Anyone who knows anything about copyright law in the United States knows that the copyright owner of a sound recording typically gets the short end of the recording deal in terms of royalties. Sound recordings were not granted federal copyright protection until 1972.1There was no performance right for authors of those works until 1995, and, even then, that right was limited to digital audio transmissions. 2On the other hand, the musical composition, the underlying work to the sound recording, retains full public performance rights.3Due to this, copyright owners of musical compositions receive compensation for all plays: digital and analog, including AM/FM radio, internet radio, satellite radio, streaming, stadium plays, and store plays, among others, while the copyright owners of the sound recordings receive compensation for digital plays only.
This means that copyright law has determined that every time the public is blessed with the performance of a song, the sole party deserving of royalties is the author of the underlying composition, i.e., the songwriter or the publisher. Further, this determination provides that the author of the master recording, i.e., the performer or the producer, is only deserving of partial royalties that stem from digital plays. Essentially, for the exact same song, played through the exact same device, only half of the authors of that song are entitled to compensation for their creative efforts.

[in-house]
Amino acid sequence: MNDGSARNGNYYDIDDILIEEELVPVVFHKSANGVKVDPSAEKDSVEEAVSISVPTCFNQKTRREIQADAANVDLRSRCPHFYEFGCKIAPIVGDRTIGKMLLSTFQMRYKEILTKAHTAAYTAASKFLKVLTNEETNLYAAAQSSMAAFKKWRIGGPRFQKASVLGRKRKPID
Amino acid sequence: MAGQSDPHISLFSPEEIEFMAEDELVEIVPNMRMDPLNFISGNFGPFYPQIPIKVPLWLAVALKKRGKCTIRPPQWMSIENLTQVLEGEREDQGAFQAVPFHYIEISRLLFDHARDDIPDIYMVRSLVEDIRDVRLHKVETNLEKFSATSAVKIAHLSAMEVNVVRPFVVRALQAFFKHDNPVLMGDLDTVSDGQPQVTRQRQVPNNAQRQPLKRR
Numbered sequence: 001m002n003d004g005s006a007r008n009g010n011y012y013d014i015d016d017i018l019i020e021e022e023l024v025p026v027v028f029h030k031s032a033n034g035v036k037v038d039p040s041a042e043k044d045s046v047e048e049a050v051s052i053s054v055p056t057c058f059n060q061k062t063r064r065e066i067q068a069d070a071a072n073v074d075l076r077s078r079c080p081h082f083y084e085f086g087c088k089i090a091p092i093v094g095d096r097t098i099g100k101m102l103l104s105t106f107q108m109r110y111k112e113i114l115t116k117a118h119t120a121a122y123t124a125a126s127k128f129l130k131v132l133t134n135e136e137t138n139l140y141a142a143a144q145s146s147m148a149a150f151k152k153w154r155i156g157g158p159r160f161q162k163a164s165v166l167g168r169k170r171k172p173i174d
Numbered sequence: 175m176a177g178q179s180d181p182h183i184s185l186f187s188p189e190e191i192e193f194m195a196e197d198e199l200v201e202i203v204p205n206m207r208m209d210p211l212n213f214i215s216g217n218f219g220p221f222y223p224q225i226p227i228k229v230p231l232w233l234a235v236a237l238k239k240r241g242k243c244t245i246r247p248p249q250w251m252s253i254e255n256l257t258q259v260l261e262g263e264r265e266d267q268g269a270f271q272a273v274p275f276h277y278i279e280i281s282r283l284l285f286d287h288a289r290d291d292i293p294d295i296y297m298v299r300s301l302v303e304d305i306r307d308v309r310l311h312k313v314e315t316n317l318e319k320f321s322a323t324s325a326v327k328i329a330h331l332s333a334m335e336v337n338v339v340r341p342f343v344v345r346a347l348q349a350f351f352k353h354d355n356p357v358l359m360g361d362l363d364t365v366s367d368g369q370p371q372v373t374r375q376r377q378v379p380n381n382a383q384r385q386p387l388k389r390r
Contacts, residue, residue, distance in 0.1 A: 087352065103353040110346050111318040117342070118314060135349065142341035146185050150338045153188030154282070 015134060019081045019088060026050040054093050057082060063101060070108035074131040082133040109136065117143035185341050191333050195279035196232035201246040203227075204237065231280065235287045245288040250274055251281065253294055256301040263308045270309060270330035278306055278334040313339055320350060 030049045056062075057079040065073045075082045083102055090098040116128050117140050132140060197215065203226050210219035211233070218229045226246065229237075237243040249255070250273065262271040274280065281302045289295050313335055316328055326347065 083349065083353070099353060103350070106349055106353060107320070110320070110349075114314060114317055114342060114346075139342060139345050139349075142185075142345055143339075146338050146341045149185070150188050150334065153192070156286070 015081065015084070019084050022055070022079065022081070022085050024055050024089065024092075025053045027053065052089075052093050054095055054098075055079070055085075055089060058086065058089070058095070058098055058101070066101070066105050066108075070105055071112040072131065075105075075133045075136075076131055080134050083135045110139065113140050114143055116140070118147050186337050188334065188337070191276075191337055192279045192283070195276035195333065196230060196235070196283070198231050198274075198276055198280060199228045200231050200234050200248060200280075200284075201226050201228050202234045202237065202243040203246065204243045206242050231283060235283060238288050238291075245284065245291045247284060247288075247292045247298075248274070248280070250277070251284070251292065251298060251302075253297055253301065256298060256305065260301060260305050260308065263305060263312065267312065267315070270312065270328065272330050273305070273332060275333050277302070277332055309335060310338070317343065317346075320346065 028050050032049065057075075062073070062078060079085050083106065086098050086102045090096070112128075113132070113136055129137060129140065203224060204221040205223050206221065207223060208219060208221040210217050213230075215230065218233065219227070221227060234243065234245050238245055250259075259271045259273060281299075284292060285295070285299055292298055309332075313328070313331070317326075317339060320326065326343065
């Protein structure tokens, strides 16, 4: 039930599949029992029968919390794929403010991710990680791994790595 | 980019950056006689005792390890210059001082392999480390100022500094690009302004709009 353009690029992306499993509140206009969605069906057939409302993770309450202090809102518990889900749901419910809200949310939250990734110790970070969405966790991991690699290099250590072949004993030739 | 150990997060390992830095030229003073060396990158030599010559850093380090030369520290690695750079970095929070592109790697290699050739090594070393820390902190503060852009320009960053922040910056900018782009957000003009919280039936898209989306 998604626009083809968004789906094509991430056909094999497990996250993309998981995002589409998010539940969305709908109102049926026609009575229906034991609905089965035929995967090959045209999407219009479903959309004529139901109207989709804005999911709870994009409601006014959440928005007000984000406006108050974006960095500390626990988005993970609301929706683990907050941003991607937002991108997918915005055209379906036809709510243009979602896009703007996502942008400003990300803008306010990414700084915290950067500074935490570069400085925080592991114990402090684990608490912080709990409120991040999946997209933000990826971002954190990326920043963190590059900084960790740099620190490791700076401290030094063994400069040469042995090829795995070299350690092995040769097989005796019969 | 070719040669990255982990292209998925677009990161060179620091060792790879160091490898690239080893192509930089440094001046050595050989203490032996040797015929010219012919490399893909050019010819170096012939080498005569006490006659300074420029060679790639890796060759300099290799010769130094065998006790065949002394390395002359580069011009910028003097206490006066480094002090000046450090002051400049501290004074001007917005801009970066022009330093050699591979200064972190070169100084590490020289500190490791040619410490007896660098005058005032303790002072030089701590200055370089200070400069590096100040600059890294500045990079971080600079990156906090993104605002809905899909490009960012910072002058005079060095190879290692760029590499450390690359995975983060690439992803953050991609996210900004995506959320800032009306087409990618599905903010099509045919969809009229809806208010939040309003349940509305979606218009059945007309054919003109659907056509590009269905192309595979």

Due to this unfair result, Congressman Darrell Issa (R‑CA) proposed the Performance Royalty Owners of Music Opportunity to Earn Act of 2017 (H.R. 1914), also known as the PROMOTE Act. 4 This bill seeks to amend Title 17 (where federal copyright law is laid out) to grant owners of copyrights in sound recordings the “exclusive right to prohibit the broadcast transmission of the sound recordings by means of terrestrial radio stations, and for other purposes.” 5 In other words, performing artists would be allowed to opt out of having their music played on the radio if they feel they are not being paid an agreed-upon performance royalty.
On its face, this bill seems like the right answer. After all, performing artists are deserving of analog performance rights for their sound recordings. In Issa’s own words, “airtime provides exposure and promotional value, while … the status-quo allows radio stations to profit on artists’ performances without providing any due compensation.” 6Backing Issa in his efforts is Congressman Ted Deutch (D‑FL), stating that “it should be the artist’s choice whether to offer their music for free in exchange for promotional play, or to instead opt out of the unpaid use of their music.” 7 Sounds good, right?
Wrong. This bill, as written, grants a performance artist the right to refuse airtime of a song and simultaneously prohibits the songwriter from collecting compensations on that song. The performing artist is able to unilaterally prevent his or her music from being played on the radio, without any regard as to how this affects the songwriter. So, why is this such a big deal? Due to the unique nature of the music publishing industry, songwriters are generally an underprivileged group of authors who need all the help they can get, both financially and in terms of industry exposure.8